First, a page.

We recently embarked on a road trip in west Wales. We were travelling to Cardiff to attend a travel blogging conference so decided to turn the trip into a bimble on the coast.

Years ago, when the kids weren’t ashamed of us, we visited Aberystwyth. I remember it well, it was out of season, cold, windy and frankly miserable.

I also remember thinking that Aberystwyth would be a lively, attractive town during the season so it made sense to return and see if I was right.

Aberystwyth

Aberystwyth is a quaint holiday destination on the west coast of Wales. It’s dated, but still worth a visit, especially on a sunny day. Incidentally, it took a battering in the storms last year so credit where it’s due for getting it ready to welcome visitors.

Predominantly a university town, its two beaches, flat promenade and surrounding countryside make it ideal for a coastal stopover or relaxing weekend away.

We took our time driving to Aberystwyth and arrived in the late afternoon. Our bed for the night was at the Marine Hotel.

Originally I’d booked another hotel just outside Aberystwyth, but they emailed to say they were closed that night? In fairness, they booked us into a more expensive hotel on the seafront, so I wasn’t going to complain.

The Marine Hotel

Gwestry Marine Hotel

From what I could tell, the Marine Hotel is one of the largest in Aberystwyth. It has 50 en-suite bedrooms, some of which are accessible rooms, a lift to all floors, a bistro, bar and an enviable seafront position.

I was able to park on the road in front of the hotel. Parking is limited to 4 hours between 8am and 6pm. We arrived in the evening which meant I could park all night and then leave in the morning without going over the limit.

Reading hotel reviews, the time limit seems to be an issue with guests because if you arrive during the day you have to move your car. The Marine Hotel does have guest parking at the rear, but spaces are limited so it’s a first come first served basis.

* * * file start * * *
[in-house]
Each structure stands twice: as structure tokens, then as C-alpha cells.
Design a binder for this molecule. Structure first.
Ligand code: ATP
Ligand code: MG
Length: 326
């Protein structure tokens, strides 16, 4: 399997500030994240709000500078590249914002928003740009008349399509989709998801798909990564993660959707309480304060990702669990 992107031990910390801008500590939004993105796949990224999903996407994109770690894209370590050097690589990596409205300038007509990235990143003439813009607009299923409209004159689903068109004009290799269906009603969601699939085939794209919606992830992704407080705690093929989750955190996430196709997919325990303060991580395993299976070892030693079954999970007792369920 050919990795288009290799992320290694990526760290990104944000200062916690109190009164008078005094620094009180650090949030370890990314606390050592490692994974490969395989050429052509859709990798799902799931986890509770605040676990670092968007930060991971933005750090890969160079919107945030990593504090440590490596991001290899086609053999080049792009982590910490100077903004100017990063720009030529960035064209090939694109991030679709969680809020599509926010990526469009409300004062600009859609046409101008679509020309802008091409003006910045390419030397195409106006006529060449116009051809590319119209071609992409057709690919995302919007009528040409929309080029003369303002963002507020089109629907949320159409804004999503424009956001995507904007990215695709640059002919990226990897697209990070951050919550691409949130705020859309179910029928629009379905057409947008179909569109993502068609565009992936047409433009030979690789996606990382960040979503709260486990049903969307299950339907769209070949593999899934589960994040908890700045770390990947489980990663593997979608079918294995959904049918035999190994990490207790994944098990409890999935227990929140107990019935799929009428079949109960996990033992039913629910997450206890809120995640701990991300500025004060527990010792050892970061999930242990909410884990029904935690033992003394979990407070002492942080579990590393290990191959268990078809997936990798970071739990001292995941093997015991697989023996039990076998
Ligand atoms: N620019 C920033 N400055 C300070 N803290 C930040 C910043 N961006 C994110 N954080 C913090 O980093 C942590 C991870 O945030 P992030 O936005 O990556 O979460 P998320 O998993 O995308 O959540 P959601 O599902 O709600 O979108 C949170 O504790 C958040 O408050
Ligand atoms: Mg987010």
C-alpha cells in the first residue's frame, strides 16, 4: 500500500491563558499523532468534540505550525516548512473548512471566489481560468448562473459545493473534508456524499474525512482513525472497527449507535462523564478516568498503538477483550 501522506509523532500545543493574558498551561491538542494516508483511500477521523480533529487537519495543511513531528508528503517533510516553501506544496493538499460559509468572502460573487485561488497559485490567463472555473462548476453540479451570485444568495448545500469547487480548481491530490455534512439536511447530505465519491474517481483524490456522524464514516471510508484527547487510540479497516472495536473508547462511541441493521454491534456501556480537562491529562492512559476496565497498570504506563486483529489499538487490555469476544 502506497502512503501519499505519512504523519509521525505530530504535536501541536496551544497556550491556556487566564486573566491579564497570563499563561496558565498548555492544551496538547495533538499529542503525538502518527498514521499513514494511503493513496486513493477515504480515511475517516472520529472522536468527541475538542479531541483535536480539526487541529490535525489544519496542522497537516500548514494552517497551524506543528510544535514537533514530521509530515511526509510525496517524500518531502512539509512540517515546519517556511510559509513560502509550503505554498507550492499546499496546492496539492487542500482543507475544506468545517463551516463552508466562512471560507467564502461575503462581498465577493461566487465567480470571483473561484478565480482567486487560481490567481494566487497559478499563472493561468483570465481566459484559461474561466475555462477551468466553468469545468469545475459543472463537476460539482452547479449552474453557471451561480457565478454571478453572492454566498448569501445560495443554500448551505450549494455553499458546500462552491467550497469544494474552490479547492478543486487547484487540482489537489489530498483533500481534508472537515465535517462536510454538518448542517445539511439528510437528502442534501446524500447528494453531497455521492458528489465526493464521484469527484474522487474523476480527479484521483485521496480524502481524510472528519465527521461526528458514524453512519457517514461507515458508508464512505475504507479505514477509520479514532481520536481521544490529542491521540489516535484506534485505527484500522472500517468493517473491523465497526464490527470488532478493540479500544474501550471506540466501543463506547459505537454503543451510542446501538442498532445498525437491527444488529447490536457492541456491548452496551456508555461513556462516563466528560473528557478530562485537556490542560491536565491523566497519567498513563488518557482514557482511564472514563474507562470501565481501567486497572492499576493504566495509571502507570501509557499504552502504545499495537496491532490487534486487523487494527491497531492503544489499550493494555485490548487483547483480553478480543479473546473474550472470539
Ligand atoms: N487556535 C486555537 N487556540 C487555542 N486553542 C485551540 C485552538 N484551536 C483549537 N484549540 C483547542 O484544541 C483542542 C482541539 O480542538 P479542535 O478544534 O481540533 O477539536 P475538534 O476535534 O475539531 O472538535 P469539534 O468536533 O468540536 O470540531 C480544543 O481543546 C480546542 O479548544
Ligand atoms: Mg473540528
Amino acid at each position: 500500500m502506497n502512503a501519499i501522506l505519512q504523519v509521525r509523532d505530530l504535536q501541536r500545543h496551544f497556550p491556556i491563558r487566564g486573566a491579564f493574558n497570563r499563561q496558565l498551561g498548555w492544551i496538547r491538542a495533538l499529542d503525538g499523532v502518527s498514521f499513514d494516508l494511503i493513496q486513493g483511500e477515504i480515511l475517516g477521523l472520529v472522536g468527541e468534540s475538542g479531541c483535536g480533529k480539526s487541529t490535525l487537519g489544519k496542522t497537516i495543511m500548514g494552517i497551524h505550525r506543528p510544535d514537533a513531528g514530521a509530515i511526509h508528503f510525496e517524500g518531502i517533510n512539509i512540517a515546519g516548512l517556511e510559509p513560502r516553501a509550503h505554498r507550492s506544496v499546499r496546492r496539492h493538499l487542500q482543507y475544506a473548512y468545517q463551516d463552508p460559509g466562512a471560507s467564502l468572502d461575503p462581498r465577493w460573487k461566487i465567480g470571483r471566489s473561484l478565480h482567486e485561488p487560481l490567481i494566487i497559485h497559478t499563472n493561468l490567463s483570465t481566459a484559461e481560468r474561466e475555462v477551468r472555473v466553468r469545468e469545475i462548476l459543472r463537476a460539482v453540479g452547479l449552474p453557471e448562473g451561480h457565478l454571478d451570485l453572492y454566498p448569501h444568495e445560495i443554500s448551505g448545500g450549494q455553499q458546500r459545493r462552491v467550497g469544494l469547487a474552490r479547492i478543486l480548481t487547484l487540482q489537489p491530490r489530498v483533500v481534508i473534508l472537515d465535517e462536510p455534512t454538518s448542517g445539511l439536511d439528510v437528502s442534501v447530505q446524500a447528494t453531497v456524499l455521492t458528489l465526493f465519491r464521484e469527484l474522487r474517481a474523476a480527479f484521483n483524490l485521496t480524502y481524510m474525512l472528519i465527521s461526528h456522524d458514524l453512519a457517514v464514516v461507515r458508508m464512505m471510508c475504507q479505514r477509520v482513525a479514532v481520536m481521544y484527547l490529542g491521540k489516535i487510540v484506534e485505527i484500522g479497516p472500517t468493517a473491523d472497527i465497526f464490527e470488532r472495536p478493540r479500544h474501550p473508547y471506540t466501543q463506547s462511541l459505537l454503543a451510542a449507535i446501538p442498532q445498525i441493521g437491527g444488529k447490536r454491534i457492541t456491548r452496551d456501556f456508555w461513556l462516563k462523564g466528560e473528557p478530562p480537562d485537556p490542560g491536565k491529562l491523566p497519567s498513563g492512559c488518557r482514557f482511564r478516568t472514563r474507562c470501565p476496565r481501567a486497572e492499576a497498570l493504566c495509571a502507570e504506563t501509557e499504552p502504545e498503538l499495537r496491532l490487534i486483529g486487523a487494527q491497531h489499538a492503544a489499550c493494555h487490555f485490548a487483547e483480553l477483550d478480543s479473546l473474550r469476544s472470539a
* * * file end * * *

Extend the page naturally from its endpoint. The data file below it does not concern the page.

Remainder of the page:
The hotel is perfectly placed for access to the town or a walk along the seafront. The entrance has an access ramp and a push button electric door. Sadly, when we arrived, the electric door had been switched off because of high winds?

Once inside, the reception area is spacious and accessible using a wheelchair, ideally, there would have been a lower counter, but now I’m just being picky.

There was some confusion over our room, we had originally booked an accessible room, but this important fact had not been conveyed from the first hotel to the second? Or if it had, something had clearly been overlooked!!

After a bit of toing and froing, checking out a non-accessible room and struggling to get Bridget’s wheelchair down a tight corridor, we eventually got the accessible room we needed albeit with twin beds rather than a double.

The accessible room was more than adequate for what we needed. We’re used to staying in chain hotels, and although the room was a tad dated, we still enjoyed the quirkiness of it.

Twin Room

Accessible Hotel Room

Accessible Bathroom

We especially enjoyed sitting in the bay window and people watching. It’s therapeutic watching the waves crashing over the sea wall onto the promenade.

Seaview Hotel Room

As it was a nice evening, we grabbed some not very memorable fish n chips from a local takeaway and went for a wheelchair walk along the promenade.

Promenade in Aberystwyth

Vintage Bike

Constitution Hill in Aberystwyth

Constitution Hill